It is surely difficult being a doctor’s secretary. Keeping yourself together when 30 patients and their attendants are ready to climb on your desk, asking when the doctor is going to arrive, why they are not allowed to see the doctor right away or entering the chamber even when a patient is already inside, can never be a piece of cake. You either have to keep a terrific sense of humour that keeps you calm in the din or have to learn to be obtuse, even if someone is screaming down your throat.
I came across a Mindy Kaling lookalike at my gastroenterologist’s waiting chamber. I noticed that she looked like Mindy because I hadn’t found a seat, thereby humouring myself by listening to people’s clamour. She was trying to explain to the gentleman in the queue that unless his number arrives, he cannot overtake the rest of the waiting patients and simply go meet the doctor; that if there’s a case of an emergency, he should admit himself at the Emergency ward instead. Of course, he wouldn’t listen and kept arguing a little while longer. But she continued saying the same thing again and again… without losing her temper. Maybe she unloads when she gets home – ‘Don’t start with your whining, Ma. I’ve had enough for a day!’
Men, I’ve noticed, are particularly keen to get these things over with. As if the rest of us have the whole day free for the check-up! It is probably how men are less tolerant in holding their pee and need to relieve themselves on the roadside or even a ladies’ urinal (!); the same way they can shop their stuff in 15 minutes and drive home. Quick is their keyword. To ponder, linger and wait is a formula they only reserve for the lady love or a job appointment. Otherwise, they just want to get done with. Even in bed!
One usually doesn’t think the worst at a gastro clinic. I mean endoscopy and colonoscopy might sound too laborious but they are just procedures. They get done in a day (actually in a couple of hours). But leaning my back against a wall, waiting for my turn to come, I noticed the worst on the gastro problem chart – colorectal cancer. It blew the wind out of me. Non-gaseous of course! But while I was busying myself with the chronic mood shifts, courtesy my gastro curse, someone else might have the tumour of it all. I reluctantly looked up on the internet and saw that it is more common in the US and UK, though gastrological problems are unmistakably an Indian dietary corollary. Reminding myself that it is mostly because of meat and that I am a very infrequent meat-eater, I shut the worry lid and heaved a sigh of relief. Phew!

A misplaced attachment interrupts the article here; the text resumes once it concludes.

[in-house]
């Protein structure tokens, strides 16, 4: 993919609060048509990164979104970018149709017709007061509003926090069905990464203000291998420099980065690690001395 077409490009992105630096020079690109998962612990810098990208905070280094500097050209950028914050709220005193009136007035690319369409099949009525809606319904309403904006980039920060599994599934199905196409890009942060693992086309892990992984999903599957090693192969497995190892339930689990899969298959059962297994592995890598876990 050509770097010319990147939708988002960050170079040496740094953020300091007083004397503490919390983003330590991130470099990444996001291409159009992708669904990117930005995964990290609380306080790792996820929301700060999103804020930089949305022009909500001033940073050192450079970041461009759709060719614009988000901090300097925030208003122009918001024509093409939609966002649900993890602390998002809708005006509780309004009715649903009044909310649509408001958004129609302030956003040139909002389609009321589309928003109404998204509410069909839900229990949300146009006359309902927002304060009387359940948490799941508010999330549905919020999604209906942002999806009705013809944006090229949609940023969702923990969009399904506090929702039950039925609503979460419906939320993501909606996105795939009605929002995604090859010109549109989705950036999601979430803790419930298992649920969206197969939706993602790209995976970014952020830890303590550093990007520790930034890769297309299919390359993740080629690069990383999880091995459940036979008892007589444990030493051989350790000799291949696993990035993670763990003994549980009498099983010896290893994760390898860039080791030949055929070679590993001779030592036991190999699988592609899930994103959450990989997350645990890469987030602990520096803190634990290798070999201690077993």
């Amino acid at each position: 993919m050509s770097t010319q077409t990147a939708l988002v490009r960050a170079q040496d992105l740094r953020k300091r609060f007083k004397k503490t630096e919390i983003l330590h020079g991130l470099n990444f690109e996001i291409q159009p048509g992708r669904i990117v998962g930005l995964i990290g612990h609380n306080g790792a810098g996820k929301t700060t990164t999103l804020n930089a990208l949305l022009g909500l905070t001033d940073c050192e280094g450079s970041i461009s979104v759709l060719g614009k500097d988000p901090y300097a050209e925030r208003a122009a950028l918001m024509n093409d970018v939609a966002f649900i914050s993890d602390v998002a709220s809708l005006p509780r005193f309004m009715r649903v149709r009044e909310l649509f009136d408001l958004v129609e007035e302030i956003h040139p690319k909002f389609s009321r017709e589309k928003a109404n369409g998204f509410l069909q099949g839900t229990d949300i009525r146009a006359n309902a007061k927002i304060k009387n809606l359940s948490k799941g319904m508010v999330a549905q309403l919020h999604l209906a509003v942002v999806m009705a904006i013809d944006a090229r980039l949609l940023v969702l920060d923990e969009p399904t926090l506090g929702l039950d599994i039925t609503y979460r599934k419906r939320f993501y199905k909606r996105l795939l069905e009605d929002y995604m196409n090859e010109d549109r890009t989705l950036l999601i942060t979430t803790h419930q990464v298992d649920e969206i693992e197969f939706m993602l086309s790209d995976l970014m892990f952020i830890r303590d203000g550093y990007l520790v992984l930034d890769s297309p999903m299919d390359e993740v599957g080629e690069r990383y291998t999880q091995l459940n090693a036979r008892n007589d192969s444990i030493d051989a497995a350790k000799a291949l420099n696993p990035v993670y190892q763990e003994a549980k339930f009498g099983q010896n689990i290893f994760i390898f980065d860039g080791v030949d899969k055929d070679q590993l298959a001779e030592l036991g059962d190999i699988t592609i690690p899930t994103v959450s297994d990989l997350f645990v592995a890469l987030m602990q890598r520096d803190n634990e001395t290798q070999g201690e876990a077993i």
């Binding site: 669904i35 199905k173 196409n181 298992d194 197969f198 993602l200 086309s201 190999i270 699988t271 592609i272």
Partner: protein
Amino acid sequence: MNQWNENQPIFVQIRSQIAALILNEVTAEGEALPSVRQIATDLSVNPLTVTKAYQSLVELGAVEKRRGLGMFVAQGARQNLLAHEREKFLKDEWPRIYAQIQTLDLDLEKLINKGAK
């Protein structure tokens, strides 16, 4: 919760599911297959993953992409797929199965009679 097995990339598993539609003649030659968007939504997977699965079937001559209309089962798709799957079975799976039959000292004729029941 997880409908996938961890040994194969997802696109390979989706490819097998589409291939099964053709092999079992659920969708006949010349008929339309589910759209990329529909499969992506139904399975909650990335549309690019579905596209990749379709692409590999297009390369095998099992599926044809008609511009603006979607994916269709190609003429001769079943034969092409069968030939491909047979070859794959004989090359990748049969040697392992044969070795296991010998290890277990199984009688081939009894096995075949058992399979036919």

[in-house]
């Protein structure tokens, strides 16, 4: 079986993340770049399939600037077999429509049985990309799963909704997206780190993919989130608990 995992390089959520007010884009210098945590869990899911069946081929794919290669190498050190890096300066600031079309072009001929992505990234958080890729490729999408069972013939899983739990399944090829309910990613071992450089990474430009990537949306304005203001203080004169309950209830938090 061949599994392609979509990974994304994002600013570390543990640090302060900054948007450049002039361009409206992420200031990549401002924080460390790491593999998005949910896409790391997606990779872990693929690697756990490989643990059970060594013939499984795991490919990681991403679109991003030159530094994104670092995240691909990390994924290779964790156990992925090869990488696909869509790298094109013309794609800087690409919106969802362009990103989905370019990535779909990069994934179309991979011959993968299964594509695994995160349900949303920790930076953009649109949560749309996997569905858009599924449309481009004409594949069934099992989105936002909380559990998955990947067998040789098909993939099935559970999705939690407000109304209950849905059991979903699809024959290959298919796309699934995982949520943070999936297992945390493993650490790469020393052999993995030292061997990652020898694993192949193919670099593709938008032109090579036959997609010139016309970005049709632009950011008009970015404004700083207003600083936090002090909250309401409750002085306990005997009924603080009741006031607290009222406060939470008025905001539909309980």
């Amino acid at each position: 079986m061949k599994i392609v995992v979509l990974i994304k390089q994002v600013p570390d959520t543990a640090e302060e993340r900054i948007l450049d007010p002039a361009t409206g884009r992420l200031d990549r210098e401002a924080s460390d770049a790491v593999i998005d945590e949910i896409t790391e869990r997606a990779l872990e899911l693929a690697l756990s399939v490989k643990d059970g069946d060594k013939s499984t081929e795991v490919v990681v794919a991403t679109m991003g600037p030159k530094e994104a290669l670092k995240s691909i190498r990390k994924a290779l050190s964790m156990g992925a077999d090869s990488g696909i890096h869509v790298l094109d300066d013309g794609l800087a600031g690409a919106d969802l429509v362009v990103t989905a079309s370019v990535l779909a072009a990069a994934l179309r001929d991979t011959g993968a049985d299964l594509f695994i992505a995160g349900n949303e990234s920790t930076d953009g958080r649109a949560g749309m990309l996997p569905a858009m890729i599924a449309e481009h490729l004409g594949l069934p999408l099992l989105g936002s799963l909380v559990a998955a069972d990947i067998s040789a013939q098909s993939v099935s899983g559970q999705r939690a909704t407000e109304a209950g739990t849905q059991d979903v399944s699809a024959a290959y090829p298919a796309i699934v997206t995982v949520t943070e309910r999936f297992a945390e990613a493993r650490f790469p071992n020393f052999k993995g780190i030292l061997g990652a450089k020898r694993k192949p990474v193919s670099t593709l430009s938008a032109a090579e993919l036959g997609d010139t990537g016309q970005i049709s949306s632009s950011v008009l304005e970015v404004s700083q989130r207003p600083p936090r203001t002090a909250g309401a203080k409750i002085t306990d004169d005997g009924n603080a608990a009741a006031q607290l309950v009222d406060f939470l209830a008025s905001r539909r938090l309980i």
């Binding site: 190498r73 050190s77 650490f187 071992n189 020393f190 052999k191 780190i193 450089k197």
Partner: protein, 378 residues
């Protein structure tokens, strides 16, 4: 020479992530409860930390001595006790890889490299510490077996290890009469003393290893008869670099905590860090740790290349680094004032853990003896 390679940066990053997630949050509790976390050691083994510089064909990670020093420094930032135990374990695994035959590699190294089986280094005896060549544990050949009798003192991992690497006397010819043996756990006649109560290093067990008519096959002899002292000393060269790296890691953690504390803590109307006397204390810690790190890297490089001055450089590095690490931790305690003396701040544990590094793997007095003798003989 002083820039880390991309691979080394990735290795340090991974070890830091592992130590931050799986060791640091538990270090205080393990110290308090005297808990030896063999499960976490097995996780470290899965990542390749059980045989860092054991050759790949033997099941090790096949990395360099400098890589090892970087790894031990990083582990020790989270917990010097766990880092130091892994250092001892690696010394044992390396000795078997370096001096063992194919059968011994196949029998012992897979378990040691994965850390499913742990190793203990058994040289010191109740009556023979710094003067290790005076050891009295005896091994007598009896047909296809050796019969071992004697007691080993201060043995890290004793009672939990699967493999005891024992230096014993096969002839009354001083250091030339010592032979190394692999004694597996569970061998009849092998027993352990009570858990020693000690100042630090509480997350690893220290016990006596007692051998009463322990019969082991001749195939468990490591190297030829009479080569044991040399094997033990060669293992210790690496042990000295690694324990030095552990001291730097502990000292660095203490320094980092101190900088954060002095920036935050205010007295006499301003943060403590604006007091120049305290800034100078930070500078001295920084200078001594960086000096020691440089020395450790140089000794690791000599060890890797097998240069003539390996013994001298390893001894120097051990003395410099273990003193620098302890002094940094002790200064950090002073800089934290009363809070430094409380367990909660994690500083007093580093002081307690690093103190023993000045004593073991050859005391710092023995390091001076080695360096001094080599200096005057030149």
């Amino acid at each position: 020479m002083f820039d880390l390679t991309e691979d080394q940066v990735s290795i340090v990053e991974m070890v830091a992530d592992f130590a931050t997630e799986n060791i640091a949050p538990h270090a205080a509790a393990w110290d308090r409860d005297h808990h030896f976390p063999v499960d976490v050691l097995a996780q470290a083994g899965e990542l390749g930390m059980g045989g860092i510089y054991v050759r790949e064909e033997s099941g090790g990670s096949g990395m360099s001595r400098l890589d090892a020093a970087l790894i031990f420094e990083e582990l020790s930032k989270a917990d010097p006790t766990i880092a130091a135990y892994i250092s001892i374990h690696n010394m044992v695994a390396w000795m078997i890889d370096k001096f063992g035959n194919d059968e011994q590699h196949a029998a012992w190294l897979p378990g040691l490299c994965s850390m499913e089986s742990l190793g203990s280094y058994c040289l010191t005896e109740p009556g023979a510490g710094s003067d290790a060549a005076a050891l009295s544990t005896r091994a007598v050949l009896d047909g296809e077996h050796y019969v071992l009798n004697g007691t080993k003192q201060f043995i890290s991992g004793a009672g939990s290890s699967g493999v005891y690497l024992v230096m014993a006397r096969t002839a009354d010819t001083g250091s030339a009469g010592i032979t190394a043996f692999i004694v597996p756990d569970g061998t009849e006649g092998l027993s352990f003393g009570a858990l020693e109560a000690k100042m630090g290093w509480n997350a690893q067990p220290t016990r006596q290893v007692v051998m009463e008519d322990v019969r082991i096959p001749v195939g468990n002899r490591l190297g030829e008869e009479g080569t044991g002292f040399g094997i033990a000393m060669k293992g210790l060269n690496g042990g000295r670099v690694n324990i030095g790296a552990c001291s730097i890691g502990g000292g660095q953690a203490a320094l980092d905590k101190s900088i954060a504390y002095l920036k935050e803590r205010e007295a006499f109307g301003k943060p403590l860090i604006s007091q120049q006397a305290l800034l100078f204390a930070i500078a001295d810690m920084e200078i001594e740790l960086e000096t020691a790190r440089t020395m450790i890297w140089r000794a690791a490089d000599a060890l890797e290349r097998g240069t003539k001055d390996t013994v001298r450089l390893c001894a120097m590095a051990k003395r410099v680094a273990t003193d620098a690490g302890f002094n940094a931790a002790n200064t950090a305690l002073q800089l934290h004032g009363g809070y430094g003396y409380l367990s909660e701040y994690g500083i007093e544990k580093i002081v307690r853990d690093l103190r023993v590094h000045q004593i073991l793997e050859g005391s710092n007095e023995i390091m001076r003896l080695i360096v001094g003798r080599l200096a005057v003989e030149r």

I also noticed one thing. For the hour-long wait outside the doctor’s door, when your turn finally comes and the secretary hands you the file and tells you the room number (because there are 5 other doctors), you enter pretty much clueless. You can hardly recall when the doctor asks, ‘So what exactly is your problem?’ You try to recollect the foods you have trouble having and all that is cluttering your brain with are bad dates, arguments, mood swings and depression. Then you remember – these are symptoms. The problem is with the food you’ve been having. The doctor promptly prescribes you a colonoscopy and afterwards, you are diagnosed with celiac – the eternal enemy of a healthy appetite. ‘Go gluten free,’ the doctor says. You step out thinking – Didn’t I read about gluten-free in a lifestyle magazine? – conveniently forgetting that dropping gluten from your diet is technically more arduous in meal planning than dropping non-veg off the menu. It seems like your earlier problems have coupled a bit and left you with another door closed.
Doctor’s clinics have a weird impression on waiting patients. You walk in to reclaim your lost freedom and walk out thinking you have got it back; silently knowing that it isn’t a departmental store. You don’t just buy your medical freedom. There’s still a long way to go.